In the past several years, members of the Wappingers Congress of Teachers have tried to grapple with the loss of two educators to addiction.
Some are upset they didn’t notice the signs, or weren’t sure what to do when they noticed their peers arriving late for school, or being irritable.
Some are stunned to know the truth.
“Shocking” is how Diane DiChiara, special education English teacher, described feeling about the death of a fellow teacher to addiction. She shook her head in dismay.
“You have to look in their eyes and see how distraught they are,” WCT President Pasquale Delli Carpini said of his colleagues.
In response to members’ concerns, the WCT decided to blow out the hush-hush of shame that often accompanies life-threatening problems of addiction and talk about what it means, how it affects families, and what resources are available. This week, the local union, together with school administrators and the Council on Addiction Prevention and Education of Dutchess County, co-hosted a half-day conversation-changing assembly on the drug addiction epidemic. Speakers, a documentary, and a series of workshops for 1,200 educators, administrators, union leaders, and state and community representatives charged the air with facts and emotion.
“It’s all about the stigma. We wanted to reduce the stigma, so people aren’t afraid to get help,” said DiChiara. That includes taking the time they may need to enter treatment without fear of losing their job.
“Addiction is a disease, not a disgrace,” said a brave Sue DeCosta, a keynote speaker who stood at the podium with her husband Mike to talk to educators. Just nine days before, they had lost their 29-year-old son Michael to the disease after years of struggle. “It is a medical condition masquerading as a physical choice. It wrecks families.”
Removing the stigma and shame can correct common misperceptions, she said. She noted that although she and her husband are active, involved parents who gave their four children many tools, they had not made it safe for him to talk about his addiction.
When they first realized there was a problem, she said they had “no idea of the beast we just encountered.”
In the hushed auditorium, clutching her prepared speech, DeCosta asked teachers and school health professionals to understand the disease enough to suspend judgment of students who are struggling with addiction.
“No one is prepared to raise a child who becomes an addict,” she said.
Andy Pallotta, NYSUT president, was joined on stage at an assembly on addiction in Wappingers Falls by NYSUT secretary-treasurer Philippe Abraham, who oversees social justice initiatives. “With the foundation you’ve laid, we will bring this around the state,” pledged a somber Pallotta.
The language attached to the disease fuels more stigma, explained Elaine Trumpetto, executive director of CAPE of Dutchess County. Addicts are described as either “clean” or “dirty.” Her organization has contracted with the Wappingers district for decades to provide information for educators and students on prevention, education, counseling and recovery services.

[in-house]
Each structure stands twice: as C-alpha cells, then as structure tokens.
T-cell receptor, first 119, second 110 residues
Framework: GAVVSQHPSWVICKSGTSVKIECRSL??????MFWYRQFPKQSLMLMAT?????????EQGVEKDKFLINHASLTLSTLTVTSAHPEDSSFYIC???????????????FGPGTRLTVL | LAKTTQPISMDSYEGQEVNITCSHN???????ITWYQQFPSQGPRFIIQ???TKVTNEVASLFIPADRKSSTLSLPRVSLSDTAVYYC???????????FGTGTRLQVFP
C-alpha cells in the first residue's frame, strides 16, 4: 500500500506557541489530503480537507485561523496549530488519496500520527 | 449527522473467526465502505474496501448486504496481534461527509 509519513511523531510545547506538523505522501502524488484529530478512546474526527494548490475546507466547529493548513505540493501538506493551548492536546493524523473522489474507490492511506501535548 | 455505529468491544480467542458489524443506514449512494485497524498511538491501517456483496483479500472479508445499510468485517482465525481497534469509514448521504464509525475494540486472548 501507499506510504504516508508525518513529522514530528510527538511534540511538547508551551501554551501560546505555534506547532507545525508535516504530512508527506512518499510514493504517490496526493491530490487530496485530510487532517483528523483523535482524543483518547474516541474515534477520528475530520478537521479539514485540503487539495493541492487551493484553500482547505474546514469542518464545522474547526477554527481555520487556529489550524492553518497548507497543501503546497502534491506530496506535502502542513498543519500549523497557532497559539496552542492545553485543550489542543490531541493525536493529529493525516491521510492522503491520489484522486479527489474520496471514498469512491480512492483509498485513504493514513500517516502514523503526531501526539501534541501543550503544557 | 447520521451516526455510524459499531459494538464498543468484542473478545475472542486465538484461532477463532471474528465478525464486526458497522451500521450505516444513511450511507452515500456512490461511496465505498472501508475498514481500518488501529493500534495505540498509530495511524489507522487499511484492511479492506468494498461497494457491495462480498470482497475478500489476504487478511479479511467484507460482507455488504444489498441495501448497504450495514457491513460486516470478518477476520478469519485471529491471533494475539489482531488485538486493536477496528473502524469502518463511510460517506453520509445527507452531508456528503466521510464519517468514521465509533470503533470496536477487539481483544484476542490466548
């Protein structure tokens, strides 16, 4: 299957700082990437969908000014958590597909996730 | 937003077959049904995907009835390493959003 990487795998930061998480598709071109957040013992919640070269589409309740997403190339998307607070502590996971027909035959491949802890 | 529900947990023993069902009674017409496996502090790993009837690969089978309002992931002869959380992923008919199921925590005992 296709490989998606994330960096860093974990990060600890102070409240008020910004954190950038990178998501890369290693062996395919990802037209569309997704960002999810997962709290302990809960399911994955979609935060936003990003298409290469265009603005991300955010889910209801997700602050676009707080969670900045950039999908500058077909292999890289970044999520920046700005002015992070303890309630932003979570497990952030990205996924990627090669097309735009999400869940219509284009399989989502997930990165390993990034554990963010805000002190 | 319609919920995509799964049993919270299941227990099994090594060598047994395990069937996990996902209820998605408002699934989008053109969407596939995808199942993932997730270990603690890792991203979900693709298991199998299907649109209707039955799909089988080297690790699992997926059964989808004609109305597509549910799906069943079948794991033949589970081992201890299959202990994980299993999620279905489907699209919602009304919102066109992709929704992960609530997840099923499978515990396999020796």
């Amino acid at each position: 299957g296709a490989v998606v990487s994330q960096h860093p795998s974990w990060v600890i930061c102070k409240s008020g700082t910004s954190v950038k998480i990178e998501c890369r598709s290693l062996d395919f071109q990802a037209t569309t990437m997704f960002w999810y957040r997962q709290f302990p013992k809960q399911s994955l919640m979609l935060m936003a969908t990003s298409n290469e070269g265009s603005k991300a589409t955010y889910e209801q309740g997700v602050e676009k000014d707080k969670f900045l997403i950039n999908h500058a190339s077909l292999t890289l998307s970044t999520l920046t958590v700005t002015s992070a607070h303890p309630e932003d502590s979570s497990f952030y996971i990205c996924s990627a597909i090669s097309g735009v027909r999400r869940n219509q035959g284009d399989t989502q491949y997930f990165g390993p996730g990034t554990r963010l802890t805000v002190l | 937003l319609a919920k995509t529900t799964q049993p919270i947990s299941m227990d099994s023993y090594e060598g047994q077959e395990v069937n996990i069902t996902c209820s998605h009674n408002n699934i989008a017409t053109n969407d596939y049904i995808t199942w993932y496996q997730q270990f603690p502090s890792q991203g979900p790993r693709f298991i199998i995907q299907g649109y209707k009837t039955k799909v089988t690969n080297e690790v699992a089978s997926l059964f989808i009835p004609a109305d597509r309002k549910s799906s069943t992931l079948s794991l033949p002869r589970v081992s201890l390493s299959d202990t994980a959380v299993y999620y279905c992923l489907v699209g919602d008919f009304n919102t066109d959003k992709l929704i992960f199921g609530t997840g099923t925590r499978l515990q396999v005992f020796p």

The addition of two district-wide programs geared specifically to educators — in 2018 and this week — was about taking action after two educators died from addiction. Teachers are already filling out surveys after this week’s event to help union organizers meet their needs to direct the next event.
DiChiara said that with the union-led workshops and training from Employee Assistance Program for administrators, “We have changed our behaviors” in addressing addiction.
Change the narrative
Speaker John Shinholster of the Virginia McShin Foundation said schools should create an environment where a student grappling with addiction could feel free to openly talk to a teacher or school health care professional, “like you send a kid with a cold to the (school) nurse.”
“Are we ready to be supportive? Are we ready to love them?” he asked.
The stigma of breast cancer has been greatly reduced, he noted, by fundraising walks and open conversations — the same can be done for addiction and alcoholism.
Several speakers spoke about addiction as a disease that changes the pathways in the brain and makes it difficult for people to stop using the drugs. Stopping drugs and getting treatment can help reroute those pathways.
“We need to educate people about the impact (of drugs) on the brain — it changes the brain chemistry … it’s now defined as a chronic brain disorder,” said Rena Finsmith, special education social studies teacher, in a conversation before the assembly.
The impact on the family is also staggering — emotionally, mentally, financially and physically. Wappingers educators screened “The Anonymous People,” a documentary on addiction and recovery, and heard from the filmmaker and an actor.
“This is our black plague,” said Kristen Johnson, an actress and advocate in recovery. Many speakers in the film and on stage talked about how society often imprisons addicts rather than provide recovery treatment.
The illness does not have a cure — but it has a solution.
“Addiction lives in darkness,” Greg Williams, filmmaker, told the group.
NYSUT and its local unions can help light the way to change that.
“With the foundation you’ve laid, we will bring this around the state,” pledged a somber Andy Pallotta, NYSUT president.